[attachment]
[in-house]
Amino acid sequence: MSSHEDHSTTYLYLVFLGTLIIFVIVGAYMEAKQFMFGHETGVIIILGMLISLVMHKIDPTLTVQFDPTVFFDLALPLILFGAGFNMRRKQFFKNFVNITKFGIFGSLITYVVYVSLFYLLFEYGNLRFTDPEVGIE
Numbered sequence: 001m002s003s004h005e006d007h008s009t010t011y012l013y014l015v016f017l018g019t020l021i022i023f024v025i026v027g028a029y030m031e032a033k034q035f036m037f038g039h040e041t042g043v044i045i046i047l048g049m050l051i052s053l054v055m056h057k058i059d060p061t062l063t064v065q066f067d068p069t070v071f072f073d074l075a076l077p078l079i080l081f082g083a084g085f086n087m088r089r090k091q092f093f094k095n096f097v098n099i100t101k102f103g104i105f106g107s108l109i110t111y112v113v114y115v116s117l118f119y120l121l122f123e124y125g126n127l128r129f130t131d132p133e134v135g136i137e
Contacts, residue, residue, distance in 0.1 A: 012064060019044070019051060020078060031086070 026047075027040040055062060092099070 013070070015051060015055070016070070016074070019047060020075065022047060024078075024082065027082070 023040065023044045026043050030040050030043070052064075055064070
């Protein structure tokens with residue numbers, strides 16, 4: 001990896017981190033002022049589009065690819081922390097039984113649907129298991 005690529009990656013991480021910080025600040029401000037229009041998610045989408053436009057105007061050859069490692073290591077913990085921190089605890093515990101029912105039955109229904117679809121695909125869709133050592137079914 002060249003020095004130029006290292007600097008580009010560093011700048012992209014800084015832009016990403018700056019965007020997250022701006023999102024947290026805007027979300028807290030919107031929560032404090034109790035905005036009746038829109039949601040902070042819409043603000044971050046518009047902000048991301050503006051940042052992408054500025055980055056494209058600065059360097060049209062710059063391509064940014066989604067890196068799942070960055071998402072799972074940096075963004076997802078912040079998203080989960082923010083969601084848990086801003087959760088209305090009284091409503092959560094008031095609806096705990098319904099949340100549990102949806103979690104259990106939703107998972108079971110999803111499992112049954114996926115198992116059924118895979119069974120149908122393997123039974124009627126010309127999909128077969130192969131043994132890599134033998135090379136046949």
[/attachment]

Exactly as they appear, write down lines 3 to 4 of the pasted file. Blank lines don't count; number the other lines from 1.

Numbered sequence: 001m002s003s004h005e006d007h008s009t010t011y012l013y014l015v016f017l018g019t020l021i022i023f024v025i026v027g028a029y030m031e032a033k034q035f036m037f038g039h040e041t042g043v044i045i046i047l048g049m050l051i052s053l054v055m056h057k058i059d060p061t062l063t064v065q066f067d068p069t070v071f072f073d074l075a076l077p078l079i080l081f082g083a084g085f086n087m088r089r090k091q092f093f094k095n096f097v098n099i100t101k102f103g104i105f106g107s108l109i110t111y112v113v114y115v116s117l118f119y120l121l122f123e124y125g126n127l128r129f130t131d132p133e134v135g136i137e
Contacts, residue, residue, distance in 0.1 A: 012064060019044070019051060020078060031086070 026047075027040040055062060092099070 013070070015051060015055070016070070016074070019047060020075065022047060024078075024082065027082070 023040065023044045026043050030040050030043070052064075055064070